When finding content, the Social curator pulls from social and user-generated channels, such as YouTube or Twitter, and when sharing, he does so via social media channels, such as LinkedIn and Facebook. And like any good party planner, he makes connections by placing high value on ensuring all companies, people, etc are properly tagged.
Another key aspect to the Social curator is encouraging users to comment and providing his own thoughts by actively participating in dialogue that emerges The Social curator’s job is never done, though, because he works constantly to increase audience numbers and the depth of their engagement.
If You’re Enterprising…
Enterprising people are the leaders, influencers and persuaders of the world. They want the world to know who they are and what they think. So for Enterprising curators, the main goal is often to establish thought leadership.
The way Enterprising curators do this is through plenty of original content—and ensuring that content expresses a provocative point of view or a persuasive analysis of a key industry topic. When she does curate content, the Enterprising curator will be happiest when that content is from other peers and thought leaders that she respects. The content should also be easily be linked back to a specific business goal.
If You’re Conventional…
The Conventional person is the opposite of the Artistic. He’s organized, data-driven and a fan of crunching numbers. So his style of curation is traditional, but by no means boring. This means finding, organizing and sharing content always takes the average amount of time, about 20 minutes, and never much more or less.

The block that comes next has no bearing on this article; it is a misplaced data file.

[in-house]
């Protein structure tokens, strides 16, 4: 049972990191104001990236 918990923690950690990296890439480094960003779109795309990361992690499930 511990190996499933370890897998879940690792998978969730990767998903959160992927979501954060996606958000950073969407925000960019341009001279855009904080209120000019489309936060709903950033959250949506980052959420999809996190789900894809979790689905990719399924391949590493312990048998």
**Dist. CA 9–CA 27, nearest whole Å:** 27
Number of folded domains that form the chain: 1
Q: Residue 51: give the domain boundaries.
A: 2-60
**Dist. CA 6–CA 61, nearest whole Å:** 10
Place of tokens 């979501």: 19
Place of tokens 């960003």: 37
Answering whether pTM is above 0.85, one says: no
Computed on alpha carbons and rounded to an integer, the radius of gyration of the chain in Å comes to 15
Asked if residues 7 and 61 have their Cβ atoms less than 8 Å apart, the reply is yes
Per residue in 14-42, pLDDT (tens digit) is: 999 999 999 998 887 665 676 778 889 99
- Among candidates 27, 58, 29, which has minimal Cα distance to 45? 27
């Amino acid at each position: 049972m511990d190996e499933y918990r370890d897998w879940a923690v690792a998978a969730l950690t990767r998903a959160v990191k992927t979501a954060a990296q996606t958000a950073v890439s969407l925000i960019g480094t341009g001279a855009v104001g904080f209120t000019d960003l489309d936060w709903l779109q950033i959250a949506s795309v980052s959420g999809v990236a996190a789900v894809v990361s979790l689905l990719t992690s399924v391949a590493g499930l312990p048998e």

He focuses mostly on third-party content curation, rather than original content development, so he can share information quickly and concisely. For Conventional curators, one aspect of curation that is most fulfilling you is the analytics offered with many technologies today—because seeing how users interact with a microsite and content allows them to improve relevancy and performance moving forward.
If You’re Realistic…
Realistic people are no-nonsense do-ers. They prefer technical, outdoor, and athletic pursuits that contribute to a goal. For realistic curators, this translates into a straightforward, yet effective approach to curation. They make the curation process part of each and every morning routine—like a runner would her morning jog.
They also focus primarily on third-party content, but does develop original content on a regular basis. A Realistic curator generally creates an editorial calendar to stay on track even when other priorities keep her busy. And because curators of this type are pragmatic, they know that traditional channels—like a microsite or website feed—are highly effective ways to reach their audiences when sharing content.
What type are you? Comment below with the strategies and qualities you’ve found most effective for aligning your innate qualities with your role as a curator.